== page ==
Victor Gollancz has just reissued my trilogy 'The Navigator Kings' in an omnibus edition. This work, which contains an enormous amount of research, visiting Fiji, Tahiti, Aitutaki and (twice) Raratonga and talking to oral historians, as well as delving into books on Polynesian navigation and sailing techniques, I believe to be the best of my efforts. It is a strange conception, I admit. I do a geographical juggle, exchanging Britain for New Zealand, so that when the Polynesians finally invade 'the land of mists' their vessels land on the shores of Scotland (the main protagonist being a Celt). The story is jam-packed with Polynesian myth and legends, and indeed, folk lore. They have their giants, fairies and dwarves; their strange islands inhabited by strange beings; their fantastic voyages (some of which were real) and their gods, demi-gods and ancestral heroes. I'm very proud of the trilogy and hope it gives some enjoyment to readers. It gave me a lot of joy researching and writing it, learning about the peoples of Oceania and the way of life.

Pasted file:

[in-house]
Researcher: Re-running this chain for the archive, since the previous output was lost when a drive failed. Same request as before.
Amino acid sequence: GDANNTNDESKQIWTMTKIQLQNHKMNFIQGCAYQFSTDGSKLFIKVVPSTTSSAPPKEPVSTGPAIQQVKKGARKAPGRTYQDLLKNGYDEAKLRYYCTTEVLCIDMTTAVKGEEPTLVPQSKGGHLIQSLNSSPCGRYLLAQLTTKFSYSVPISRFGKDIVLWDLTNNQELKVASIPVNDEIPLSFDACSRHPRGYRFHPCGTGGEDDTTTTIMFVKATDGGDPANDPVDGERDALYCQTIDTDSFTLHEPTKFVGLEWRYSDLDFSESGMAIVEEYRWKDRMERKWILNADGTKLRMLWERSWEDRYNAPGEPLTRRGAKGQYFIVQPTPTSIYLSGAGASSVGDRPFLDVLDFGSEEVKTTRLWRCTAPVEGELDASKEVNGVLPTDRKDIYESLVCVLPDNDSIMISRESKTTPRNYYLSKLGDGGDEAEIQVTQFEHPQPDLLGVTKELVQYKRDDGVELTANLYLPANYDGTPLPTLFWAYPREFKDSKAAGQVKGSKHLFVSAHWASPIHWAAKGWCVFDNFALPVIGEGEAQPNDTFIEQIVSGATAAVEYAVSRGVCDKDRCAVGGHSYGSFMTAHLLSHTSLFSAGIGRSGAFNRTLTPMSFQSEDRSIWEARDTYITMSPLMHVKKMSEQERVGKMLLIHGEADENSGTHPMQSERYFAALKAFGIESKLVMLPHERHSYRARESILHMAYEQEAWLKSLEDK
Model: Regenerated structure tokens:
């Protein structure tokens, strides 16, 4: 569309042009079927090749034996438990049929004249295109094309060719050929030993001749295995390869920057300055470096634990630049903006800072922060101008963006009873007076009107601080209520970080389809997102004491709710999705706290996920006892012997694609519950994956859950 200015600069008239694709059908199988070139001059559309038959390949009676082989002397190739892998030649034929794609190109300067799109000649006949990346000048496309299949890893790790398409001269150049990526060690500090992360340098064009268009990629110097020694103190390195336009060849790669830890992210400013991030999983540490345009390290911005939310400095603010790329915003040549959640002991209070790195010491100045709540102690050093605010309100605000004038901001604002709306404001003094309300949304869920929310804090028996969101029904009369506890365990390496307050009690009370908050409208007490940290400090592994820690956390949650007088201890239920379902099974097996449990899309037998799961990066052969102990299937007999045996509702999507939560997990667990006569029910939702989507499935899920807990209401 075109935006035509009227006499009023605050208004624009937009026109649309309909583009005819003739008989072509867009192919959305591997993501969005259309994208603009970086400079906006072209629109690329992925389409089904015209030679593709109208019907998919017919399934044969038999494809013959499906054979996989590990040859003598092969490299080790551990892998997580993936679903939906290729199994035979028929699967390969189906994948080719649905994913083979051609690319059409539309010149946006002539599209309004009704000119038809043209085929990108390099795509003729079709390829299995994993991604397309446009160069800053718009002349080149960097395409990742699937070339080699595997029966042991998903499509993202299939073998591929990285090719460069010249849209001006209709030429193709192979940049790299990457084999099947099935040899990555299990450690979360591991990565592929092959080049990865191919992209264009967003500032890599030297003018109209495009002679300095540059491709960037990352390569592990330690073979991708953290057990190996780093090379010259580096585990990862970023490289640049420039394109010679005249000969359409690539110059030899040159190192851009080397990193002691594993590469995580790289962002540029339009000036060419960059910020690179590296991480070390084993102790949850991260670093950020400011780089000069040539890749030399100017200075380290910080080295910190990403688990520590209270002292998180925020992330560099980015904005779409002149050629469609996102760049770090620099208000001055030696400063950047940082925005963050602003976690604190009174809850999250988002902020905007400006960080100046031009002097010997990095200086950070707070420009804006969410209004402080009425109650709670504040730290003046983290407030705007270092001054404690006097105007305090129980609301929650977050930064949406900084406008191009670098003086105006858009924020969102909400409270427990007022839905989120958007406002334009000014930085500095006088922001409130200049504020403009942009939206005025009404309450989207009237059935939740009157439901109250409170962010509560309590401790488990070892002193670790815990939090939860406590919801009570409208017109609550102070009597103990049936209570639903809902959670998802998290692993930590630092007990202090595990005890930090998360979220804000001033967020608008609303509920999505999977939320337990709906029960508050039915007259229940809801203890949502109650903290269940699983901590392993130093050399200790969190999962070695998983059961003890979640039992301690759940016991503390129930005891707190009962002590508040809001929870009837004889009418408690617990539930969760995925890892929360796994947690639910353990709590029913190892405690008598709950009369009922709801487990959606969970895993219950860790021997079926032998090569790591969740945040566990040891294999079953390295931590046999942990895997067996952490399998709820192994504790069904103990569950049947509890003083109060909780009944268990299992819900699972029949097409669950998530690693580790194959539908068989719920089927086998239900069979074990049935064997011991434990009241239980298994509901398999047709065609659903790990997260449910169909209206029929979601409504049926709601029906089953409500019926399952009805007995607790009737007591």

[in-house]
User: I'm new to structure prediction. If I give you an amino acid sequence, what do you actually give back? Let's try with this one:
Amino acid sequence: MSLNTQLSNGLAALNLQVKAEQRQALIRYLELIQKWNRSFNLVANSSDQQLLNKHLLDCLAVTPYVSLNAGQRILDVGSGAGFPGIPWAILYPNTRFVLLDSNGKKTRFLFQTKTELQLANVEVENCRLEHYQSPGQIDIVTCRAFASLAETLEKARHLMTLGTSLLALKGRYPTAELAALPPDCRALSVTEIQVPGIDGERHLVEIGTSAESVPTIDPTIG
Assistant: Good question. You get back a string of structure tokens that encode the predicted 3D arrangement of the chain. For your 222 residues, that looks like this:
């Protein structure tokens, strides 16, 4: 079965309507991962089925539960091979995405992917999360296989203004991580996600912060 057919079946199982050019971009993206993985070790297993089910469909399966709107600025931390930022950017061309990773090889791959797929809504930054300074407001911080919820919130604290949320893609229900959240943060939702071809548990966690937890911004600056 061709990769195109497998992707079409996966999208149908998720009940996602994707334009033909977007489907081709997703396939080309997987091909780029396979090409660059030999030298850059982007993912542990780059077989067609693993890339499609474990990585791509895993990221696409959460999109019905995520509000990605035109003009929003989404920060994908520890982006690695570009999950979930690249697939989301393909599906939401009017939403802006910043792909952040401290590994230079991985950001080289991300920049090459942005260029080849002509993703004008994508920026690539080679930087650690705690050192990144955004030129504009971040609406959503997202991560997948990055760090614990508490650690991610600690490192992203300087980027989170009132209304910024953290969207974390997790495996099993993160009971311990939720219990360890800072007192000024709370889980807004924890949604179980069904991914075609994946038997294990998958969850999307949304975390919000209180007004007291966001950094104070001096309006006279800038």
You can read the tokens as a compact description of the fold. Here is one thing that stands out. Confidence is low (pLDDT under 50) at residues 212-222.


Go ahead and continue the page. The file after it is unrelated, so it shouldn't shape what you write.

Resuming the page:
On a different subject completely, I'm not sure whether it's because I always (according to Annette) have my head in the clouds, or whether the years are telling on me, but I've had one or two aberrations lately. One I've spoken of before: we were in the car and Annette was telling me something which I had difficulty in hearing, so I automatically reached out for the car radio volume control so that I could hear her better. Two is more recent: I was watching a local team play football when one of them scored a goal. I stood for a few seconds waiting for the slow-motion replay.
Yes indeed, I think my dependence on modern inventions is beginning to overwhelm my common sense.